Download American Sociology: From Pre-Disciplinary to Post-Normal by Stephen Turner (auth.) PDF

By Stephen Turner (auth.)

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Extra resources for American Sociology: From Pre-Disciplinary to Post-Normal

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211) This is a view from on high. Many sociologists in the Midwest identified as Symbolic Interactionists and many Chicago sociologists never identified with structural functional theory. Functionalism never had a following in the largest regional association, the Southern Sociological Society. Many more sociologists were simply indifferent to this elite project. Sociology at the ‘lower’ levels and in state universities had retained more of its connection to place, and thus to local problems and concerns, and also to producing sociology that was readable and usable by non-sociologists.

Degrees in this period. Following the Civil War a large number of institutions were established for and by Blacks, and states were obliged to create separate institutions for Blacks if they practiced segregation, as all Southern states did. Black sociologists were both attracted and condemned to these institutions: although they were not excluded from White institutions in the North, typically they regarded themselves as having a special responsibility toward their race, and thus toward these institutions.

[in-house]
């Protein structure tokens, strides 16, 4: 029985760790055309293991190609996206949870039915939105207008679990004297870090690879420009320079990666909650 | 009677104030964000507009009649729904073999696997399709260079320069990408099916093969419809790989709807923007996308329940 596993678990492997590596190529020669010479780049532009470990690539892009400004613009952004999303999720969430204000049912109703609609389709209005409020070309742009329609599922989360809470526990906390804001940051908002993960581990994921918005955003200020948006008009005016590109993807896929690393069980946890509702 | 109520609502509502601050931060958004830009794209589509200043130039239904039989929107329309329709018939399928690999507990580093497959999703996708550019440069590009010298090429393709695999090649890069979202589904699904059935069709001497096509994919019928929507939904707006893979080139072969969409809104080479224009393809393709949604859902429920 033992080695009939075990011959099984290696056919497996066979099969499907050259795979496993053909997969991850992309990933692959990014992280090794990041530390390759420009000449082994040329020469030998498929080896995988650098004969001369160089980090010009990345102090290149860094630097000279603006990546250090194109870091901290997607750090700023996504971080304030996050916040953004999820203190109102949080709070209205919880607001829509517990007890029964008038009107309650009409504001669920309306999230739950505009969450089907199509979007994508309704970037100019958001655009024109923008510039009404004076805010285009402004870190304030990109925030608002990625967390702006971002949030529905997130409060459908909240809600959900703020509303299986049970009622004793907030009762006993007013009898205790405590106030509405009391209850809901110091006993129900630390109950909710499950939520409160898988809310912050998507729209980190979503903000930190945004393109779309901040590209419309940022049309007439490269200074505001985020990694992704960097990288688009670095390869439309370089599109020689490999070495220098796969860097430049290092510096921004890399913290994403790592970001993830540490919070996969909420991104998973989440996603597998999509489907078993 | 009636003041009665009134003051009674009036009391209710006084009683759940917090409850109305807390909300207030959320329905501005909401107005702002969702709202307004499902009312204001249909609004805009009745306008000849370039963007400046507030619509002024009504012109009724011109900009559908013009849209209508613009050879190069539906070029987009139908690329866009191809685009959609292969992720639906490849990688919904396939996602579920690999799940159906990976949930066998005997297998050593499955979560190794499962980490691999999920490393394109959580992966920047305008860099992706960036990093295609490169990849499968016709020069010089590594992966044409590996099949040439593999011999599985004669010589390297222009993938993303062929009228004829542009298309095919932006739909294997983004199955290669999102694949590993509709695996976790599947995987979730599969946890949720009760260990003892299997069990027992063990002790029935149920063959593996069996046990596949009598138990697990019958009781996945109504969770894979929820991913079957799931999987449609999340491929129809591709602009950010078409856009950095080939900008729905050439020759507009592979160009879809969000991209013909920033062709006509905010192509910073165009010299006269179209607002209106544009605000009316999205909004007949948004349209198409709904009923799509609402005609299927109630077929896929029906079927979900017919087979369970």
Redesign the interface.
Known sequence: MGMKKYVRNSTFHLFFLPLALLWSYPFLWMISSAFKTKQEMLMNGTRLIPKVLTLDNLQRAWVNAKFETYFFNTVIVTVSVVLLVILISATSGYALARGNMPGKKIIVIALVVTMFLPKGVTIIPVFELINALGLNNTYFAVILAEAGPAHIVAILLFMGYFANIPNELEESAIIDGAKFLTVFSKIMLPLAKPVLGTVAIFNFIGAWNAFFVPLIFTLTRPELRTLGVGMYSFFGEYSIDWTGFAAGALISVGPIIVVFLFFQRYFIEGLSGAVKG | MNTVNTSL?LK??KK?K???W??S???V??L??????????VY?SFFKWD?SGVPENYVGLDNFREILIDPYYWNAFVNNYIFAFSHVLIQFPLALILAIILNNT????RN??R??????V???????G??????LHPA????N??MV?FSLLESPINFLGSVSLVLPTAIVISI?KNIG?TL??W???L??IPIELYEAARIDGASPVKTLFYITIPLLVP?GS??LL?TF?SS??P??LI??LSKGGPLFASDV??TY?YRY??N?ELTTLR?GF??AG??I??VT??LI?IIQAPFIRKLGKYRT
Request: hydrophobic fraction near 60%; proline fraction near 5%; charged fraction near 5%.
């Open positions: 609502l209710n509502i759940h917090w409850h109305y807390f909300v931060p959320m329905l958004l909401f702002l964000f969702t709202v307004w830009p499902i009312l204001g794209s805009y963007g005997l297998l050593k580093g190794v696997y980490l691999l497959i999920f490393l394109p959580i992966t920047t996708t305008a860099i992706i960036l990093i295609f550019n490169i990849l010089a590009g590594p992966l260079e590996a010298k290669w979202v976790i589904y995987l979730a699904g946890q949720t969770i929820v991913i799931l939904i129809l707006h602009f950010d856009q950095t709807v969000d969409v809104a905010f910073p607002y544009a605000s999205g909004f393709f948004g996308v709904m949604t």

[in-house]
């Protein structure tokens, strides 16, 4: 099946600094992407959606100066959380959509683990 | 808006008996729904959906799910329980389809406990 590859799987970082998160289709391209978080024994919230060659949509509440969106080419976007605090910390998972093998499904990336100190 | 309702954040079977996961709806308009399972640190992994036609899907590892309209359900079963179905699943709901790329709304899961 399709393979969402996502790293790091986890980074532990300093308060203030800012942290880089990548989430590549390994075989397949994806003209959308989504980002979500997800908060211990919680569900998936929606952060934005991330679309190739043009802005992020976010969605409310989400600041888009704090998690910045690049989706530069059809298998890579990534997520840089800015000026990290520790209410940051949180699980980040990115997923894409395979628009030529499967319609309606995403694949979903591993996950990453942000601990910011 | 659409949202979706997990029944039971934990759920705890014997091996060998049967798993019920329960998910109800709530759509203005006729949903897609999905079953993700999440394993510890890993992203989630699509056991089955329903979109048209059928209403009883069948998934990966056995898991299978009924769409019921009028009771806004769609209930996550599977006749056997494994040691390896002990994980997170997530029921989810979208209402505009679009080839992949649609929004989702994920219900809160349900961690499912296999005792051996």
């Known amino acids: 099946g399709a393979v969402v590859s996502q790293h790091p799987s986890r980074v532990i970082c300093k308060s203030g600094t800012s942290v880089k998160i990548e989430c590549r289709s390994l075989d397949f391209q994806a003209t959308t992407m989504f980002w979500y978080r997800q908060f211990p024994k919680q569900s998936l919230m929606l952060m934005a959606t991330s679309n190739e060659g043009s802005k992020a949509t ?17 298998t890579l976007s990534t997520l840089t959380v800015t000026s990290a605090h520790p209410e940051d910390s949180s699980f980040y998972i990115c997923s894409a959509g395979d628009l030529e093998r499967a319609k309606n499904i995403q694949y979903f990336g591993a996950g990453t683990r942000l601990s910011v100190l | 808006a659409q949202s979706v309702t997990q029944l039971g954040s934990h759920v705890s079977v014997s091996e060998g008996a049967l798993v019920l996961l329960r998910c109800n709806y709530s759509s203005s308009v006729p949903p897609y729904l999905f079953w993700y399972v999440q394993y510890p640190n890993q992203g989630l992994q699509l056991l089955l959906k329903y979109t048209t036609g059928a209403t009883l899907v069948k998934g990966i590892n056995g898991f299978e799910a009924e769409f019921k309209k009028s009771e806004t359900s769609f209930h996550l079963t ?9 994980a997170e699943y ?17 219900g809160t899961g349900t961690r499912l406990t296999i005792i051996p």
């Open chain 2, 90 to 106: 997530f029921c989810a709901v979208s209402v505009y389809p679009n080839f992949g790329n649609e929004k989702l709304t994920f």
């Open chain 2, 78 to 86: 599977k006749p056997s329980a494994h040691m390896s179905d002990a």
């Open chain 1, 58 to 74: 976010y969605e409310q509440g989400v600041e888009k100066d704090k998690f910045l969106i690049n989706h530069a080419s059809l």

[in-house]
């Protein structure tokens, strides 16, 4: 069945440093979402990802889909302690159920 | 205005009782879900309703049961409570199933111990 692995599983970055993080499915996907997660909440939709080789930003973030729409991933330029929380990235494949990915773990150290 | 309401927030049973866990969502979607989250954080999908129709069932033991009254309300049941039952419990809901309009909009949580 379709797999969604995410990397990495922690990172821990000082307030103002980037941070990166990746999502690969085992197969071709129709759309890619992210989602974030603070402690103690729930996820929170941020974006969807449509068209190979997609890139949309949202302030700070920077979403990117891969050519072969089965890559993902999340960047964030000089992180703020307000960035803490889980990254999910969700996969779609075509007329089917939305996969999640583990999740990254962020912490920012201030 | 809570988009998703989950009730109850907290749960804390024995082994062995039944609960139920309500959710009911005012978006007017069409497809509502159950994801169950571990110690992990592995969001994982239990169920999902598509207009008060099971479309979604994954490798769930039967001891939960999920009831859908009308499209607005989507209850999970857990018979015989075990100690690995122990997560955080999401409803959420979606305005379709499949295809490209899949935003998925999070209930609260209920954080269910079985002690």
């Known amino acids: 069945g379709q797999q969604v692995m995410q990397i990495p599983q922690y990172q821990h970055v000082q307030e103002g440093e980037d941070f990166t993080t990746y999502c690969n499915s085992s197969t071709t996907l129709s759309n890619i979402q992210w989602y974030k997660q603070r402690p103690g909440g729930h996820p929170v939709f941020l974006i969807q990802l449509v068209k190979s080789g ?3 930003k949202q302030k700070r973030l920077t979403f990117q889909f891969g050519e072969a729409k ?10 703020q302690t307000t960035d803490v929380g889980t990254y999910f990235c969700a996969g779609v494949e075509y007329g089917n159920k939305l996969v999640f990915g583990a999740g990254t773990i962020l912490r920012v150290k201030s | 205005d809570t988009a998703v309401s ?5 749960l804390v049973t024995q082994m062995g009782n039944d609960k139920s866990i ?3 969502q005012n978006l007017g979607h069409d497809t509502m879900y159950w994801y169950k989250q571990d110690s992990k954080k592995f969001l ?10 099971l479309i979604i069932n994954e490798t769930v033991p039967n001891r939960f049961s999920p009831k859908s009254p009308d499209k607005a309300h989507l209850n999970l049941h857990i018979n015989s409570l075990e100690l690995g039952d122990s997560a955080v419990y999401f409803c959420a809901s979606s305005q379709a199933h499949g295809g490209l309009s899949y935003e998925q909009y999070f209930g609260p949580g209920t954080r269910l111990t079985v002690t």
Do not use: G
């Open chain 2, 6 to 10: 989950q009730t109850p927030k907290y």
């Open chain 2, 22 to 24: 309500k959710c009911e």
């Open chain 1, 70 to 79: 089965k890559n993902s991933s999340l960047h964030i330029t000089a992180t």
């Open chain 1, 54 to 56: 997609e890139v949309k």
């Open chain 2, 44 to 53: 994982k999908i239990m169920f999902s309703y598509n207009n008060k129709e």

A similar movement developed in psychology in the 1990s, when many psychologists felt that the applied and popular role of psychology had pushed aside its scientific aims.  Ironically, Sorokin was among the most successful ‘public sociologists’ in history. His wartime writings, such as Man and Society in Calamity (1942) and Crisis of Our Age (1941), were international bestsellers that went through many editions and continued to influence sociology outside of the US until the 1960s (Marotta and Gregor, 1961, p.

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